Dow Jones Indexes on Monday said the property and casualty insurer Travelers Cos
Citigroup shares have traded below $5 since mid-January, and bottomed at 97 cents on March 5, after huge losses led to a series of federal bailouts. Taxpayers could end up owning 34 percent of what was once the world's largest bank by market value.
The change to the Dow ends 12 years in the index for New York-based Citigroup, known as Citicorp when it joined. It also marks the return to the index of Travelers' red umbrella logo, which Citigroup sold to Travelers in 2007, five years after spinning off the St. Paul, Minnesota-based company.
You're taking out a weak, wounded financial stock, said Richard Sylla, a professor at New York University's Stern School of Business. They probably never thought the biggest bank in the world would become a wounded duck.
Citigroup was created in 1998 when Sanford Sandy Weill merged his Travelers Group with Citicorp, creating what was deemed a financial supermarket.
The current chief executive, Vikram Pandit, is dismantling that model, selling businesses and debt to bolster capital.
We were reluctant to remove Citigroup at the height of the financial frenzy, Dow Jones Editor-in-Chief Robert Thomson said in a statement. We genuinely hope that once the bank has refashioned itself that we will again be able to consider it for inclusion (in the Dow).
Citigroup said the change will not affect its strategy or efforts to return to sustained profitability. Travelers and Weill did not immediately return requests seeking a comment.
On Monday, Citigroup began a brokerage joint venture with Morgan Stanley
TWO BANKS LEFT
The removal of Citigroup from the Dow leaves just two traditional banks in the index: Bank of America Corp
Adding Travelers is intended to restore the financials industry to full representation in the Dow, Thomson said. In September, insurer American International Group Inc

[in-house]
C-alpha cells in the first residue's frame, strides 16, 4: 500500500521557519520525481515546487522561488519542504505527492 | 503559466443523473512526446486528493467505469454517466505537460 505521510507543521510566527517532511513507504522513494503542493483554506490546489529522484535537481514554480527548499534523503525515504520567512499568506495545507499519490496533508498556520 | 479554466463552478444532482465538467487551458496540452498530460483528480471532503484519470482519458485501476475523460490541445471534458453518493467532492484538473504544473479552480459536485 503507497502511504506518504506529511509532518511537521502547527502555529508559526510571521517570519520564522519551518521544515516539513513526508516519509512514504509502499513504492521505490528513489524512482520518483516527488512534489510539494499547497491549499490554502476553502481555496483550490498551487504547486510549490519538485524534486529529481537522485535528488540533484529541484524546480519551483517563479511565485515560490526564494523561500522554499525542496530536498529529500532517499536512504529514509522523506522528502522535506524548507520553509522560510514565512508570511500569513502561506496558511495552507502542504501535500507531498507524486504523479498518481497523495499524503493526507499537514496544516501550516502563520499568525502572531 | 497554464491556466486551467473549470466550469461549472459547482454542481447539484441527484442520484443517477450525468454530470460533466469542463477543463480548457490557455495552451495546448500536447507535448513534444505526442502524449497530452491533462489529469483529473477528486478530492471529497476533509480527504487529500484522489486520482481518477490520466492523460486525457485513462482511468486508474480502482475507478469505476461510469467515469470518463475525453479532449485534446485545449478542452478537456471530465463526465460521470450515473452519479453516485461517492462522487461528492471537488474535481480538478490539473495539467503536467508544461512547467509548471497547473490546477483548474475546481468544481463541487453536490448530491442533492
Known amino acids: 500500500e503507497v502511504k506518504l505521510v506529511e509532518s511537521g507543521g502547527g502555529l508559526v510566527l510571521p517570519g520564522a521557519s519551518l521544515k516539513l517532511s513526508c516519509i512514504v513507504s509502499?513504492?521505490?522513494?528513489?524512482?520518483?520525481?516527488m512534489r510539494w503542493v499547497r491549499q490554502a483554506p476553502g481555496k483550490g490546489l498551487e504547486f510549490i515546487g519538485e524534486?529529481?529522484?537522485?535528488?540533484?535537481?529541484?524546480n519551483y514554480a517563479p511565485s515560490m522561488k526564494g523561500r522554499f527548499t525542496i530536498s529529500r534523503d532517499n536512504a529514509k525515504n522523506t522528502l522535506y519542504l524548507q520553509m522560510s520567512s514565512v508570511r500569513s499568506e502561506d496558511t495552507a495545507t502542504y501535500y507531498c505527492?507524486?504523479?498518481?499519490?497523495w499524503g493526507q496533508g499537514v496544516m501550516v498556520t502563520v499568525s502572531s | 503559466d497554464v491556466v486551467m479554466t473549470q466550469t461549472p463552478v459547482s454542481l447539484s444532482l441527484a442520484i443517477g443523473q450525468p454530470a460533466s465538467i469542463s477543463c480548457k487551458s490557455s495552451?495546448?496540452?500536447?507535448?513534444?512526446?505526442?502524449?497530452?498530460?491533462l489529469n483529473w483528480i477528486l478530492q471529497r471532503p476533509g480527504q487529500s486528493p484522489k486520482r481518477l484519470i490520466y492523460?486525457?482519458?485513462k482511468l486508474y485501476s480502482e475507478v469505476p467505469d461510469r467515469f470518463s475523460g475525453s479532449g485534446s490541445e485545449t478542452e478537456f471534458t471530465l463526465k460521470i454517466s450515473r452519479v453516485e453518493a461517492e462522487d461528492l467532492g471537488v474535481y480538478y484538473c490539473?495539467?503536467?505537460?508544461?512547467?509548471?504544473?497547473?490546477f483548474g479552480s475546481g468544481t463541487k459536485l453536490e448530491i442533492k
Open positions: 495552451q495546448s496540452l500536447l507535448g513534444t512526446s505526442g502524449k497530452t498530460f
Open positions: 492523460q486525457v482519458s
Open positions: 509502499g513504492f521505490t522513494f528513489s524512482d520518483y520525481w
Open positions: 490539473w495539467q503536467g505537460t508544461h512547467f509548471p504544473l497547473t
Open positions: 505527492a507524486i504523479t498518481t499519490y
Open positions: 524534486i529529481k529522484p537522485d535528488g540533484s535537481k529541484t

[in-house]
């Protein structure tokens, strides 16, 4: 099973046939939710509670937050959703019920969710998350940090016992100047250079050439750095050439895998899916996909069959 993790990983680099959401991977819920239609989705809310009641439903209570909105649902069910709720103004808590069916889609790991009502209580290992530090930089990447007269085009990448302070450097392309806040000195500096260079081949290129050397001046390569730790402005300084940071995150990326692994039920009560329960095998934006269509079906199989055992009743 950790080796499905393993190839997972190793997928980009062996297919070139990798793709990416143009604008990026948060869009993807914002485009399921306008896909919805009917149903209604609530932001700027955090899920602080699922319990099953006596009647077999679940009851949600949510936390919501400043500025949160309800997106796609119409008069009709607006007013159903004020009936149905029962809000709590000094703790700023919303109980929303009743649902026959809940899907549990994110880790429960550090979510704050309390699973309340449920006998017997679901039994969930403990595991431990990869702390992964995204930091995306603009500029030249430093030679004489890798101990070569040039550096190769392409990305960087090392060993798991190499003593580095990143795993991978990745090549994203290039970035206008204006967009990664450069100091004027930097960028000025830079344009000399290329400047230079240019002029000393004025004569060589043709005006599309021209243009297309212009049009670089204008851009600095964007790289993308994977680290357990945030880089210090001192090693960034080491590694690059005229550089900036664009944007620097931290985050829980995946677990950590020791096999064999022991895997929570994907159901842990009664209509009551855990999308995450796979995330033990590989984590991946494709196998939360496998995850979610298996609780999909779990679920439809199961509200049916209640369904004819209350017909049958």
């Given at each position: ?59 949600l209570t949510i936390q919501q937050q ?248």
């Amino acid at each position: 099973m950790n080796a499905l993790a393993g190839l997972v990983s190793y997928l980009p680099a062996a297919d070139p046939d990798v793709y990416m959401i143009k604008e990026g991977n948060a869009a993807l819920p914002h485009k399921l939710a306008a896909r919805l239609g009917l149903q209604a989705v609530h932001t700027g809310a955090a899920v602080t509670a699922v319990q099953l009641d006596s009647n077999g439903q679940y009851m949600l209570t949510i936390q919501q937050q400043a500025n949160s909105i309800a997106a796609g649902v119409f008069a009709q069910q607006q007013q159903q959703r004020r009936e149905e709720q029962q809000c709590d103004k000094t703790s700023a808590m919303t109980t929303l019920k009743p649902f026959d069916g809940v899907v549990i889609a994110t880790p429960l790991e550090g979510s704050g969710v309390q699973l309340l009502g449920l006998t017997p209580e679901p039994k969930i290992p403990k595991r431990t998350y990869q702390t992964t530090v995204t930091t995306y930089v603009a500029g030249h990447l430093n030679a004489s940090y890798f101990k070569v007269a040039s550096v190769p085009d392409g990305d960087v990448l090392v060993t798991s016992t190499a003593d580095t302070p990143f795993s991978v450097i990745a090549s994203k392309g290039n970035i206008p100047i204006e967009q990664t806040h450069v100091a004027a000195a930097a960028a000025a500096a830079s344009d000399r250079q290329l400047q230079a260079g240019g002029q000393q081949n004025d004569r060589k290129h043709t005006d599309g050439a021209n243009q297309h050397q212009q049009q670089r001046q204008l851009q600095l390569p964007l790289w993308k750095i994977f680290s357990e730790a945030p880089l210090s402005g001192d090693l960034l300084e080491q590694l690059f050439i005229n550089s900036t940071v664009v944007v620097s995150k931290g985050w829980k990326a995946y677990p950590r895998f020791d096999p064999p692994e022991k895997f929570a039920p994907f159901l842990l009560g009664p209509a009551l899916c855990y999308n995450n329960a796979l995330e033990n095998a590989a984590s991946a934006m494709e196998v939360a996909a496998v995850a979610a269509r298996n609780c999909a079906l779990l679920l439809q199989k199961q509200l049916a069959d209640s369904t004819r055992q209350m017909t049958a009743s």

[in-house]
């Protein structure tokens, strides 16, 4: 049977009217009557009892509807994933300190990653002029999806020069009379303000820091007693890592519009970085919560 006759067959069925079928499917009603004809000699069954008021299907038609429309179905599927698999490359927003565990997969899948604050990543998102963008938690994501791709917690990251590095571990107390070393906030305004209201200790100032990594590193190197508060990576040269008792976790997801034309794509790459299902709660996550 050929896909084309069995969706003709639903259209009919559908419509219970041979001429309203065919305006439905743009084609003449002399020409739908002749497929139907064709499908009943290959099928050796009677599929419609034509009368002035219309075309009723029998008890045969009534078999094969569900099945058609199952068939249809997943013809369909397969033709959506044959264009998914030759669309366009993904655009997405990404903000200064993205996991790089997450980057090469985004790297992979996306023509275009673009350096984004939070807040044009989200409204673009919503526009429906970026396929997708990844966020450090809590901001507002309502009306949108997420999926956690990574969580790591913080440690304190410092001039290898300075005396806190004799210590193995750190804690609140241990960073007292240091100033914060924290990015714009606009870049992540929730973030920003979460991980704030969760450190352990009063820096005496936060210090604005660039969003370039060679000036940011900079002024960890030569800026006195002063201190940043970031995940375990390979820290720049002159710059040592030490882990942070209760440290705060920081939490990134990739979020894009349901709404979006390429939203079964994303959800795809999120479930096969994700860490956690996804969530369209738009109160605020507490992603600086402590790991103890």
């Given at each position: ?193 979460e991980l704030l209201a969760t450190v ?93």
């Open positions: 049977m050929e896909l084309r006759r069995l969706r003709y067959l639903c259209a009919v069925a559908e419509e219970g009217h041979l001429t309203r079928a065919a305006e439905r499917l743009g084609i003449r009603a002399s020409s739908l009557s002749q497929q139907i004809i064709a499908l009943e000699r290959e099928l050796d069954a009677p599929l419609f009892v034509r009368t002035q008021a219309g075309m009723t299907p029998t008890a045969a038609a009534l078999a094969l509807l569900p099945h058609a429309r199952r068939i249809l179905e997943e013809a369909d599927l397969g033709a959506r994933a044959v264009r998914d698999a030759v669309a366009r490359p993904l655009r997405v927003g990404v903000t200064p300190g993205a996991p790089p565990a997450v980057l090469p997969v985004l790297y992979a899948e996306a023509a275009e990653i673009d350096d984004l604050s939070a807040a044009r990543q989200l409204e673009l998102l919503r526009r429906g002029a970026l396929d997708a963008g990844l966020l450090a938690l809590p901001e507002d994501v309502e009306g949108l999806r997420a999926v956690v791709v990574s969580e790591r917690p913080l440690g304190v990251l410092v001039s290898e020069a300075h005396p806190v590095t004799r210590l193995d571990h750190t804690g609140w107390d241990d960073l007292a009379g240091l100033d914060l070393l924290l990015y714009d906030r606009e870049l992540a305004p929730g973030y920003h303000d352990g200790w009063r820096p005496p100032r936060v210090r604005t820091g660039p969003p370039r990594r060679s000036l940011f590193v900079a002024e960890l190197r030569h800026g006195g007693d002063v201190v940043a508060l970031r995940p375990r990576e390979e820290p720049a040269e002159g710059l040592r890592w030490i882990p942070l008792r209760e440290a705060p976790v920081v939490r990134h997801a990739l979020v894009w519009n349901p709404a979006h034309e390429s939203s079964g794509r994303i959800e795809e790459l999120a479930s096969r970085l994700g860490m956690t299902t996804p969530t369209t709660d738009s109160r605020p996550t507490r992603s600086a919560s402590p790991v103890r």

Two other Dow components have big financial services units: American Express Co
Financial services is becoming more of an umbrella category and doesn't reflect only banking, said Charles Geisst, author of Wall Street: A History and a finance professor at Manhattan College. If Citigroup stock were still above $10 per share, we might not be having this discussion.
Cisco Systems Inc
When it spun off Travelers, Citigroup was eyeing what Weill called important opportunities to invest our capital really on a global basis, in much more high-growth businesses.
It sold the umbrella logo after finding that customers still associated it with insurance. Travelers first used the umbrella in 1870.
Citigroup was one of 19 banks to undergo federal stress tests of their ability to handle a deep recession.
Regulators found it needed $92.6 billion more common equity as of year-end, more than any other bank. They ordered the bank to raise $5.5 billion, after crediting it for some asset sales and capital-raising, including from the government.
Citigroup shares fell 2 cents to $3.70 in afternoon trading on the New York Stock Exchange.
(Reporting by Jonathan Stempel; Additional reporting by Dan Wilchins; editing by John Wallace)